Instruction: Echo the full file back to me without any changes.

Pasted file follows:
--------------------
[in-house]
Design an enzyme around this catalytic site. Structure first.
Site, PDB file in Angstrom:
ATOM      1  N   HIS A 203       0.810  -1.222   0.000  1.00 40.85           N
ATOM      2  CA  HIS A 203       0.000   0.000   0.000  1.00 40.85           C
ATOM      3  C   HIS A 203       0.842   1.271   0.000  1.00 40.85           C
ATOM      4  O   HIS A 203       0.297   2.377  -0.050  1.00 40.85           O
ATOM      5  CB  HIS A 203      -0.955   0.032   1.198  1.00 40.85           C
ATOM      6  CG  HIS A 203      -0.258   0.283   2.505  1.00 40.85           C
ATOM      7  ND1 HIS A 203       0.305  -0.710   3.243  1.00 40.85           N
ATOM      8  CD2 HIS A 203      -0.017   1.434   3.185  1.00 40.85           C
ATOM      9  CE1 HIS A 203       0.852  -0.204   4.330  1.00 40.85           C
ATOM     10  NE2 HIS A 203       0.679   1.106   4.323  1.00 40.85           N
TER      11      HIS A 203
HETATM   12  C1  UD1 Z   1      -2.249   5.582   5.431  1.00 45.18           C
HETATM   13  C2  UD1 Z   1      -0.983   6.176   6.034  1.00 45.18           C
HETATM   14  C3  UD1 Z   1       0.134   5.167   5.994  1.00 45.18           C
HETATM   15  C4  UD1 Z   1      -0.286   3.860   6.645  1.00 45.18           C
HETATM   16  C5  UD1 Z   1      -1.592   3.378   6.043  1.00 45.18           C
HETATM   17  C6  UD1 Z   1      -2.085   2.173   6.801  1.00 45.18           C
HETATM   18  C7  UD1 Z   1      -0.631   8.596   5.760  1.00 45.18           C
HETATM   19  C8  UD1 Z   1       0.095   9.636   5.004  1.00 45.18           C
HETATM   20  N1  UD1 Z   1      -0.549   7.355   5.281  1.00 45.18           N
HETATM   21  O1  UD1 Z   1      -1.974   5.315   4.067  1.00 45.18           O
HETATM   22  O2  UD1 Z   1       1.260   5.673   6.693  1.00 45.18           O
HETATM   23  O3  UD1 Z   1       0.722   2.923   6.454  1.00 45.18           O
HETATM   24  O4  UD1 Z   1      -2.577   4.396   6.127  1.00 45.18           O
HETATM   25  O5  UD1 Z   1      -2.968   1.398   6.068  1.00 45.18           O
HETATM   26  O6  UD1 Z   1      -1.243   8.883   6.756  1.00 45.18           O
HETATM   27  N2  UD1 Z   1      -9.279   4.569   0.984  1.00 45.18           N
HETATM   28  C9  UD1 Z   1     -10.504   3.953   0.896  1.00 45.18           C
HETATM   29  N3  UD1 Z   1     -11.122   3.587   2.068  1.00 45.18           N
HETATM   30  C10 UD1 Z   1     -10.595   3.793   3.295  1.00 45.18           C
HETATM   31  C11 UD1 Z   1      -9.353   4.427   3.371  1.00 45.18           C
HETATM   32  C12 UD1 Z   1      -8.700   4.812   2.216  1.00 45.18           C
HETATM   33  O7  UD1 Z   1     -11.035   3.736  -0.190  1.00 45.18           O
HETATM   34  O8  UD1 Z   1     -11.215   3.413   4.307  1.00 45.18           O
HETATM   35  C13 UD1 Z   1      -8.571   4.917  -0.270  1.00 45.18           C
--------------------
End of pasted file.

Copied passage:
[in-house]
Design an enzyme around this catalytic site. Structure first.
Site, PDB file in Angstrom:
ATOM      1  N   HIS A 203       0.810  -1.222   0.000  1.00 40.85           N
ATOM      2  CA  HIS A 203       0.000   0.000   0.000  1.00 40.85           C
ATOM      3  C   HIS A 203       0.842   1.271   0.000  1.00 40.85           C
ATOM      4  O   HIS A 203       0.297   2.377  -0.050  1.00 40.85           O
ATOM      5  CB  HIS A 203      -0.955   0.032   1.198  1.00 40.85           C
ATOM      6  CG  HIS A 203      -0.258   0.283   2.505  1.00 40.85           C
ATOM      7  ND1 HIS A 203       0.305  -0.710   3.243  1.00 40.85           N
ATOM      8  CD2 HIS A 203      -0.017   1.434   3.185  1.00 40.85           C
ATOM      9  CE1 HIS A 203       0.852  -0.204   4.330  1.00 40.85           C
ATOM     10  NE2 HIS A 203       0.679   1.106   4.323  1.00 40.85           N
TER      11      HIS A 203
HETATM   12  C1  UD1 Z   1      -2.249   5.582   5.431  1.00 45.18           C
HETATM   13  C2  UD1 Z   1      -0.983   6.176   6.034  1.00 45.18           C
HETATM   14  C3  UD1 Z   1       0.134   5.167   5.994  1.00 45.18           C
HETATM   15  C4  UD1 Z   1      -0.286   3.860   6.645  1.00 45.18           C
HETATM   16  C5  UD1 Z   1      -1.592   3.378   6.043  1.00 45.18           C
HETATM   17  C6  UD1 Z   1      -2.085   2.173   6.801  1.00 45.18           C
HETATM   18  C7  UD1 Z   1      -0.631   8.596   5.760  1.00 45.18           C
HETATM   19  C8  UD1 Z   1       0.095   9.636   5.004  1.00 45.18           C
HETATM   20  N1  UD1 Z   1      -0.549   7.355   5.281  1.00 45.18           N
HETATM   21  O1  UD1 Z   1      -1.974   5.315   4.067  1.00 45.18           O
HETATM   22  O2  UD1 Z   1       1.260   5.673   6.693  1.00 45.18           O
HETATM   23  O3  UD1 Z   1       0.722   2.923   6.454  1.00 45.18           O
HETATM   24  O4  UD1 Z   1      -2.577   4.396   6.127  1.00 45.18           O
HETATM   25  O5  UD1 Z   1      -2.968   1.398   6.068  1.00 45.18           O
HETATM   26  O6  UD1 Z   1      -1.243   8.883   6.756  1.00 45.18           O
HETATM   27  N2  UD1 Z   1      -9.279   4.569   0.984  1.00 45.18           N
HETATM   28  C9  UD1 Z   1     -10.504   3.953   0.896  1.00 45.18           C
HETATM   29  N3  UD1 Z   1     -11.122   3.587   2.068  1.00 45.18           N
HETATM   30  C10 UD1 Z   1     -10.595   3.793   3.295  1.00 45.18           C
HETATM   31  C11 UD1 Z   1      -9.353   4.427   3.371  1.00 45.18           C
HETATM   32  C12 UD1 Z   1      -8.700   4.812   2.216  1.00 45.18           C
HETATM   33  O7  UD1 Z   1     -11.035   3.736  -0.190  1.00 45.18           O
HETATM   34  O8  UD1 Z   1     -11.215   3.413   4.307  1.00 45.18           O
HETATM   35  C13 UD1 Z   1      -8.571   4.917  -0.270  1.00 45.18           C